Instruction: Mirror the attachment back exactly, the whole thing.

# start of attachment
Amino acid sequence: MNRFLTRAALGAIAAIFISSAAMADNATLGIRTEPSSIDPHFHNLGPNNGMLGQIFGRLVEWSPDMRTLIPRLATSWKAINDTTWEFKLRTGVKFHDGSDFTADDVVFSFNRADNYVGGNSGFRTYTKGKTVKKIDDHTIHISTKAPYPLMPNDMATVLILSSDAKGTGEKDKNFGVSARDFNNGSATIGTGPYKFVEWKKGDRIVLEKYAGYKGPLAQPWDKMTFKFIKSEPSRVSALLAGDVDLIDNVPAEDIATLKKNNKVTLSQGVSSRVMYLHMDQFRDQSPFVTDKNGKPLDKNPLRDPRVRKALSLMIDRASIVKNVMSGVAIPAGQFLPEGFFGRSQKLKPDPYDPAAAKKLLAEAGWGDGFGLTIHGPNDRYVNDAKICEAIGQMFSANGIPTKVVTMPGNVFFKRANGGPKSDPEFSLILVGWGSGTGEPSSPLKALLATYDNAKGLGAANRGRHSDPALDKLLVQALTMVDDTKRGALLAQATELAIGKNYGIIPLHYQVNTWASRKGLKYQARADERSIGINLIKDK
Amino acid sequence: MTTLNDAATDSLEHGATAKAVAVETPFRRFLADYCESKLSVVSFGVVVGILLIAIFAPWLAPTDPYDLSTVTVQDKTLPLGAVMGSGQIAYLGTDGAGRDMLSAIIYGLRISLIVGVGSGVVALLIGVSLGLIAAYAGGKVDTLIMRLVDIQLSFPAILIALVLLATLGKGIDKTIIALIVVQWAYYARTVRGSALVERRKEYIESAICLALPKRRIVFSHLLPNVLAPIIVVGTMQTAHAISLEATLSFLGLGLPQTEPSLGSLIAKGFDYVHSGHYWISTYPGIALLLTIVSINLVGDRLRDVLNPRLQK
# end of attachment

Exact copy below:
Amino acid sequence: MNRFLTRAALGAIAAIFISSAAMADNATLGIRTEPSSIDPHFHNLGPNNGMLGQIFGRLVEWSPDMRTLIPRLATSWKAINDTTWEFKLRTGVKFHDGSDFTADDVVFSFNRADNYVGGNSGFRTYTKGKTVKKIDDHTIHISTKAPYPLMPNDMATVLILSSDAKGTGEKDKNFGVSARDFNNGSATIGTGPYKFVEWKKGDRIVLEKYAGYKGPLAQPWDKMTFKFIKSEPSRVSALLAGDVDLIDNVPAEDIATLKKNNKVTLSQGVSSRVMYLHMDQFRDQSPFVTDKNGKPLDKNPLRDPRVRKALSLMIDRASIVKNVMSGVAIPAGQFLPEGFFGRSQKLKPDPYDPAAAKKLLAEAGWGDGFGLTIHGPNDRYVNDAKICEAIGQMFSANGIPTKVVTMPGNVFFKRANGGPKSDPEFSLILVGWGSGTGEPSSPLKALLATYDNAKGLGAANRGRHSDPALDKLLVQALTMVDDTKRGALLAQATELAIGKNYGIIPLHYQVNTWASRKGLKYQARADERSIGINLIKDK
Amino acid sequence: MTTLNDAATDSLEHGATAKAVAVETPFRRFLADYCESKLSVVSFGVVVGILLIAIFAPWLAPTDPYDLSTVTVQDKTLPLGAVMGSGQIAYLGTDGAGRDMLSAIIYGLRISLIVGVGSGVVALLIGVSLGLIAAYAGGKVDTLIMRLVDIQLSFPAILIALVLLATLGKGIDKTIIALIVVQWAYYARTVRGSALVERRKEYIESAICLALPKRRIVFSHLLPNVLAPIIVVGTMQTAHAISLEATLSFLGLGLPQTEPSLGSLIAKGFDYVHSGHYWISTYPGIALLLTIVSINLVGDRLRDVLNPRLQK